1. Start with the build. Even if you are using sustainable products, ask questions about how they will affect air quality. For example, did you know floor sealants and cabinet epoxies release harmful vapors over time? Many leaders of the green movement advocate using real wood (reclaimed, of course), bamboo, or cork rather than synthetic materials to reduce the presence of harmful binding agents.
2. Clean with caution. Read the ingredients on your cleansing agents, and ask to do the same if you hire a cleaning staff. Use reusable mop heads, fabric cloths and other “paper-free” tools when it is time to scrub up the studio.
3. Consider fake plants. Okay, I know it sounds un-green to take the green out of a studio. But, over time, watering, caring for and replacing dead plants can actually leave a bigger footprint then buying one, consciously manufactured, fake plant. The air in a yoga studio, dancing between humidity from sweat and dryness from heaters or ventilation systems, can be unfriendly toward plant life. If you replace your plants more than once a year or water more than twice a week, you may be better off with fake plants.
4. Use low-energy lighting. Use area lamps or dimmable overhead lights when possible. Always turn off the lights when the studio is not in use, and consider leaving any outside lights on a timer rather than turning them on all night long.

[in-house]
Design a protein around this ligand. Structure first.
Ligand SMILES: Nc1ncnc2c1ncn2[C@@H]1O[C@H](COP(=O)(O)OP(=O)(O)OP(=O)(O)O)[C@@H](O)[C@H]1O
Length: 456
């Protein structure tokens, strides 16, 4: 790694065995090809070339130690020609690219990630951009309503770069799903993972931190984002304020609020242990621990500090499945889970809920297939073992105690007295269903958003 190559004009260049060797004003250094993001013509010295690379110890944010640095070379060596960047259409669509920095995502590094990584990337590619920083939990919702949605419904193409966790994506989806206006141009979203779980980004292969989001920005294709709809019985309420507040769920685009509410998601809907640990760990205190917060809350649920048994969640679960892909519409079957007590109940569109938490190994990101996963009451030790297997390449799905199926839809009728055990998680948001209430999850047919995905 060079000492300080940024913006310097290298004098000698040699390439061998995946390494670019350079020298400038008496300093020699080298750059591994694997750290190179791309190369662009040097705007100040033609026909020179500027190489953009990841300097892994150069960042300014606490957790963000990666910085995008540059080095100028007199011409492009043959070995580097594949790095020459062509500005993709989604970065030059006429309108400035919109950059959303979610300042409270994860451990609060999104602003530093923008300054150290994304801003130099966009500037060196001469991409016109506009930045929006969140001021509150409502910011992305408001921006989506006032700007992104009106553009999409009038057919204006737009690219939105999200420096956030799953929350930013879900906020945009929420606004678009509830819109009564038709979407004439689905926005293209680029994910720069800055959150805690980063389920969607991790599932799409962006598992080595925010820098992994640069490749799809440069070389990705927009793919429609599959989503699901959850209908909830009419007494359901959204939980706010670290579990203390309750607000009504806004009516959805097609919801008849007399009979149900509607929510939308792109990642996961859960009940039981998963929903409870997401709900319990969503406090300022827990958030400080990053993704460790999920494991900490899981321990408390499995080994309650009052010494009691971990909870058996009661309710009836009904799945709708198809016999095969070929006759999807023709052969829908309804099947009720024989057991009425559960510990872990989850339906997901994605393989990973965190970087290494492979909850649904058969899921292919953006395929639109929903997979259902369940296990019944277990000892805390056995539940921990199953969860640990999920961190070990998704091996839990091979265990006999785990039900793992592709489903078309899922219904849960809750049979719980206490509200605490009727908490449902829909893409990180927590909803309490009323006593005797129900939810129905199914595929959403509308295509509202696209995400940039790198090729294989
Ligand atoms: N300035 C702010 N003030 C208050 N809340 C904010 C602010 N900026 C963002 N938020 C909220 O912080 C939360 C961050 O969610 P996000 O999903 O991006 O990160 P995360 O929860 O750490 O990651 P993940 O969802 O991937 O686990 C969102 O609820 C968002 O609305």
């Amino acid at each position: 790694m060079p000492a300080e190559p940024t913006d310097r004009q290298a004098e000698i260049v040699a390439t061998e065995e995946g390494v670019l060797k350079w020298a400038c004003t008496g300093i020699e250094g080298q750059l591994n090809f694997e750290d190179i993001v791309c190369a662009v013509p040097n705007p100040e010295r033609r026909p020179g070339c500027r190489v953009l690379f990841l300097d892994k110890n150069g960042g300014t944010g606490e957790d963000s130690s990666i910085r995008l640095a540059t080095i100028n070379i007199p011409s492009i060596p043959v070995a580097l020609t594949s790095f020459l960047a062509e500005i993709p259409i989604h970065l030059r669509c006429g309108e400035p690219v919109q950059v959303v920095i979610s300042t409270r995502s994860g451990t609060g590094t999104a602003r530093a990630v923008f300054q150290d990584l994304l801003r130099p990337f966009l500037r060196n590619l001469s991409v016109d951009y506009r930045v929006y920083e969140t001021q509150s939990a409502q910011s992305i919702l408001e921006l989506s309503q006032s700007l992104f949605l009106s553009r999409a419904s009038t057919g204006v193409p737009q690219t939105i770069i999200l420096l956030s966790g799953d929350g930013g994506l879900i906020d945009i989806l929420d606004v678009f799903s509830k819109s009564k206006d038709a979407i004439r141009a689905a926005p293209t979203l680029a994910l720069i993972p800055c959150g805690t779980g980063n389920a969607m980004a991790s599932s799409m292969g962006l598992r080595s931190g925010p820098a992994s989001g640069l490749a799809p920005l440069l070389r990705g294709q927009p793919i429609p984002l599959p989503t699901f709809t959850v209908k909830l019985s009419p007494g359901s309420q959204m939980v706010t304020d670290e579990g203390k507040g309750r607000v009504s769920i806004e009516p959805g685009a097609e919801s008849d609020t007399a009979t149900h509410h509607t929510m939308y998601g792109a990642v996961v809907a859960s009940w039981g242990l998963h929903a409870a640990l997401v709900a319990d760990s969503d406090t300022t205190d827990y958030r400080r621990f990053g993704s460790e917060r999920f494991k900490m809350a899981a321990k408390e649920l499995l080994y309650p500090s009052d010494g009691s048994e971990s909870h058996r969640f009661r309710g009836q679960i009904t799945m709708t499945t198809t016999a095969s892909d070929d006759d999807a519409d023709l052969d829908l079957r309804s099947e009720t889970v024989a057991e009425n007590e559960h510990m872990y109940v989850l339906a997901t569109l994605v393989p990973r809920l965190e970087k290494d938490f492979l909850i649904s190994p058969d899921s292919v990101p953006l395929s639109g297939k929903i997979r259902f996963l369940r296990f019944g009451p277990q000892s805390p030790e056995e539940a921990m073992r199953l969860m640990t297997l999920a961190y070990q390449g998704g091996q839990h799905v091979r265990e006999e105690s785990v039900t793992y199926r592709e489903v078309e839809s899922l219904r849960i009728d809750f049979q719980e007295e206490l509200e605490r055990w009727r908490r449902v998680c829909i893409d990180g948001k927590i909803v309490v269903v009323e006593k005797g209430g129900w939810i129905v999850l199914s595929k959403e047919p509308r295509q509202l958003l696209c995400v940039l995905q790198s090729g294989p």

5. Close your blinds. Yes, we know natural lighting is beautiful in an early morning or afternoon practice; if you’d like, open the blinds when class is in. However, closing blinds at other times can reduce your heating and cooling costs, and this means you are saving energy. Blinds keep rooms cool in the summer and warm in the winter. Don’t have any? Install blackout curtains that can be closed during off hours of the day.
6. Take the paper out of the studio! If you’re like most studios, you ask students to sign into class each day. Three to five classes a day, seven days a week, and you could be using as much as 160 pieces of paper just for this purpose each month. The Green Yogi, an eco-conscious studio in Manhattan Beach, California, designed a system using iPads that allows students to sign an electronic form. The form goes straight into the studio’s Mind Body Online software, eliminating the need for paper waivers and sign in sheets. Studio owner Mary Strong estimates the studio saves ten reams of paper (that’s 5,000 sheets!) a year just by incorporating this system. “We have created a domino effect of consciousness. Other businesses have come in the door and thought, ‘How much paper do we use?’ Already, lululemon has asked about our system. Yoga studios should be leaders in the green movement, and we are proud to usher eco-consciousness into the neighborhood.”
Your studio can also be a leader. Think about the waste in your studio daily, and incorporate methods to reduce it. This attention to details will impact your students and your community, giving it a much-needed dose of consideration, consciousness and that essential yogic concept of presence. Isn’t that why you opened your studio in the first place?